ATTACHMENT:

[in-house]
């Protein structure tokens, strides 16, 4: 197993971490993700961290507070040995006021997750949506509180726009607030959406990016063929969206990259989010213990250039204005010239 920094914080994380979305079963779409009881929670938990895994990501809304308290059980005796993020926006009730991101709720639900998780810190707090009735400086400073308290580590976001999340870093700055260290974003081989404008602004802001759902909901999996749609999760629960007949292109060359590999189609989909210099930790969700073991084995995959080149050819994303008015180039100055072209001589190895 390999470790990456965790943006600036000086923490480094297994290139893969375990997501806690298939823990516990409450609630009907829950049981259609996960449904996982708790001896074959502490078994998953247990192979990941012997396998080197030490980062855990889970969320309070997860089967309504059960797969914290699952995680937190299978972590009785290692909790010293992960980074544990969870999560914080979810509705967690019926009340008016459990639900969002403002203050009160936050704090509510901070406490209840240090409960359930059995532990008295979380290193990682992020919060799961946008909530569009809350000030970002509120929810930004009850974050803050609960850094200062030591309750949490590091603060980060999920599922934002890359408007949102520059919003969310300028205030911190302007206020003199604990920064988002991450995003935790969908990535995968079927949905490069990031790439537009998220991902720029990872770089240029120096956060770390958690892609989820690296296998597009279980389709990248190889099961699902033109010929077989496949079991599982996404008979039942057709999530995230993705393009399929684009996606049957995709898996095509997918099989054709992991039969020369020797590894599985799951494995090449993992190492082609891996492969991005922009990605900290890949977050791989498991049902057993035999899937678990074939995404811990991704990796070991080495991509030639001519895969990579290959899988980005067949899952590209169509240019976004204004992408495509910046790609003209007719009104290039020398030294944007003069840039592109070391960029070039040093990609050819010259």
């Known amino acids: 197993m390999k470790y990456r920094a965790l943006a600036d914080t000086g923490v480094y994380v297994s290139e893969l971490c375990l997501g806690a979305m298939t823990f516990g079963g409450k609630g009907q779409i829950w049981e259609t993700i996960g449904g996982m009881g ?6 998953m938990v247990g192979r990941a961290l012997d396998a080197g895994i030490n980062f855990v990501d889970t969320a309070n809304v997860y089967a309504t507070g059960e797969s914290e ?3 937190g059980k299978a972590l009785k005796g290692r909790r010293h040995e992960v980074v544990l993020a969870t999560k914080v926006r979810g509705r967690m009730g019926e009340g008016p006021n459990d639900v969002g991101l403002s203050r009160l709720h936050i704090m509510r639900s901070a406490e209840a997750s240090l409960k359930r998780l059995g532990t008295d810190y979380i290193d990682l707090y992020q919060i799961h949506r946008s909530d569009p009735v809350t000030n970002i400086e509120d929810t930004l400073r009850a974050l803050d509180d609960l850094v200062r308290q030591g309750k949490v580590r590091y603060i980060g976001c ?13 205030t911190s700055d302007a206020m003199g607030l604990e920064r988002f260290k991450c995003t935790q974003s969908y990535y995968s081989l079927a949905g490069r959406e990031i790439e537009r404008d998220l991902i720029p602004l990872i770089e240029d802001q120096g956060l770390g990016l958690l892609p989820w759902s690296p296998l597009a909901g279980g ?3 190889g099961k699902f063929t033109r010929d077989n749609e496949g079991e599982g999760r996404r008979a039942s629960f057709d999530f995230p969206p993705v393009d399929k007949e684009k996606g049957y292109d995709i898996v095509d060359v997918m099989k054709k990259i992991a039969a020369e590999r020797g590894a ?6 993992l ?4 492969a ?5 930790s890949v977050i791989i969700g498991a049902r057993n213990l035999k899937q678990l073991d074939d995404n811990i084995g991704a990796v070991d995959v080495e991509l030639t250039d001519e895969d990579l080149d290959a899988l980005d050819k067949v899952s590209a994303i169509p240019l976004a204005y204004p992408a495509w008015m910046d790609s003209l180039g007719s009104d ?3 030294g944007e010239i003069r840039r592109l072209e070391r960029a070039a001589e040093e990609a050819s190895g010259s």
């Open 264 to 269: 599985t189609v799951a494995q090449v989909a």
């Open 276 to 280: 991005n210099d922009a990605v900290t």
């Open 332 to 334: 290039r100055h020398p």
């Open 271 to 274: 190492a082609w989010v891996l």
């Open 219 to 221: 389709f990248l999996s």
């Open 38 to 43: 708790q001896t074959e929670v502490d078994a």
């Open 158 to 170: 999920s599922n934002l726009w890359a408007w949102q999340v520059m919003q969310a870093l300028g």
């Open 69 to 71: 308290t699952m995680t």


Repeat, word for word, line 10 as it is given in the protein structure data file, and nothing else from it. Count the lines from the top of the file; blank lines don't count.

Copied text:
């Open 158 to 170: 999920s599922n934002l726009w890359a408007w949102q999340v520059m919003q969310a870093l300028g």